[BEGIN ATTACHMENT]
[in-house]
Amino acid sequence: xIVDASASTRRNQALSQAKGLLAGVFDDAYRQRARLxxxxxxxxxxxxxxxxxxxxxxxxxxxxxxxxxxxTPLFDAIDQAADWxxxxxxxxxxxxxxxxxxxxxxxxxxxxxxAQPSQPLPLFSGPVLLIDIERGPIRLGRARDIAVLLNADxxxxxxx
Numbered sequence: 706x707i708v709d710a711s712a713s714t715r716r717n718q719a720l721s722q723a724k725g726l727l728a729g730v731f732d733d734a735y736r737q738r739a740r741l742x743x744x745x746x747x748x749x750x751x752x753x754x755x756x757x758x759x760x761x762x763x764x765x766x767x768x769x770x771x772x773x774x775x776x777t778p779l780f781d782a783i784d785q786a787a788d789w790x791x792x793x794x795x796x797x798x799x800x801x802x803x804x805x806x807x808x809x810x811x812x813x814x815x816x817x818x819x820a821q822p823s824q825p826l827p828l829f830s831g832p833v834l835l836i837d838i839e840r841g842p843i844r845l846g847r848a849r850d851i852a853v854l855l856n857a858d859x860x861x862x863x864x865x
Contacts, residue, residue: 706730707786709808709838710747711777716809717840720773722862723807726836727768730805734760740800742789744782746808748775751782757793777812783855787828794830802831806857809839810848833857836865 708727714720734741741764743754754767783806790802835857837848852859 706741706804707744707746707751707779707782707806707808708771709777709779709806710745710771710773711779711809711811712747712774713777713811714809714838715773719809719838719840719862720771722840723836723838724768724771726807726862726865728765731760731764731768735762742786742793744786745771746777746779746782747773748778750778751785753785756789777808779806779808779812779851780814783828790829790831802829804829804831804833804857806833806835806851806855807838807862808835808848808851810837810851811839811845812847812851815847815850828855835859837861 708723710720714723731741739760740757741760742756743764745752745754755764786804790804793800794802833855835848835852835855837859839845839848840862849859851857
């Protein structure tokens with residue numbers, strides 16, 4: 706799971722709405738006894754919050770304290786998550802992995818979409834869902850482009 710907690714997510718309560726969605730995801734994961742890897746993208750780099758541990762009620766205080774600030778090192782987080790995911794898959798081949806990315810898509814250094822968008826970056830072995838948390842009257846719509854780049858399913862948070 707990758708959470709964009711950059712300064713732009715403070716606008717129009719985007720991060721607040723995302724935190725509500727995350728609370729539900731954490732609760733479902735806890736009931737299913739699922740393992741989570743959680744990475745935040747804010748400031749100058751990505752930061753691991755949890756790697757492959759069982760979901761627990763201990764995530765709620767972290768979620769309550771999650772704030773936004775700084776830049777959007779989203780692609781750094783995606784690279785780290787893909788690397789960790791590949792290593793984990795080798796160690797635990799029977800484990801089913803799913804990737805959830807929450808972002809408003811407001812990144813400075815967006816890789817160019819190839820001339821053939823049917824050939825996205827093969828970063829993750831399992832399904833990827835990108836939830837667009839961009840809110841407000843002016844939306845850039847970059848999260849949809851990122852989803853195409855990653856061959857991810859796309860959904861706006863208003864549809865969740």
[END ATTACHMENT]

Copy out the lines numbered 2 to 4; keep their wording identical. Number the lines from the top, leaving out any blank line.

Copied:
Amino acid sequence: xIVDASASTRRNQALSQAKGLLAGVFDDAYRQRARLxxxxxxxxxxxxxxxxxxxxxxxxxxxxxxxxxxxTPLFDAIDQAADWxxxxxxxxxxxxxxxxxxxxxxxxxxxxxxAQPSQPLPLFSGPVLLIDIERGPIRLGRARDIAVLLNADxxxxxxx
Numbered sequence: 706x707i708v709d710a711s712a713s714t715r716r717n718q719a720l721s722q723a724k725g726l727l728a729g730v731f732d733d734a735y736r737q738r739a740r741l742x743x744x745x746x747x748x749x750x751x752x753x754x755x756x757x758x759x760x761x762x763x764x765x766x767x768x769x770x771x772x773x774x775x776x777t778p779l780f781d782a783i784d785q786a787a788d789w790x791x792x793x794x795x796x797x798x799x800x801x802x803x804x805x806x807x808x809x810x811x812x813x814x815x816x817x818x819x820a821q822p823s824q825p826l827p828l829f830s831g832p833v834l835l836i837d838i839e840r841g842p843i844r845l846g847r848a849r850d851i852a853v854l855l856n857a858d859x860x861x862x863x864x865x
Contacts, residue, residue: 706730707786709808709838710747711777716809717840720773722862723807726836727768730805734760740800742789744782746808748775751782757793777812783855787828794830802831806857809839810848833857836865 708727714720734741741764743754754767783806790802835857837848852859 706741706804707744707746707751707779707782707806707808708771709777709779709806710745710771710773711779711809711811712747712774713777713811714809714838715773719809719838719840719862720771722840723836723838724768724771726807726862726865728765731760731764731768735762742786742793744786745771746777746779746782747773748778750778751785753785756789777808779806779808779812779851780814783828790829790831802829804829804831804833804857806833806835806851806855807838807862808835808848808851810837810851811839811845812847812851815847815850828855835859837861 708723710720714723731741739760740757741760742756743764745752745754755764786804790804793800794802833855835848835852835855837859839845839848840862849859851857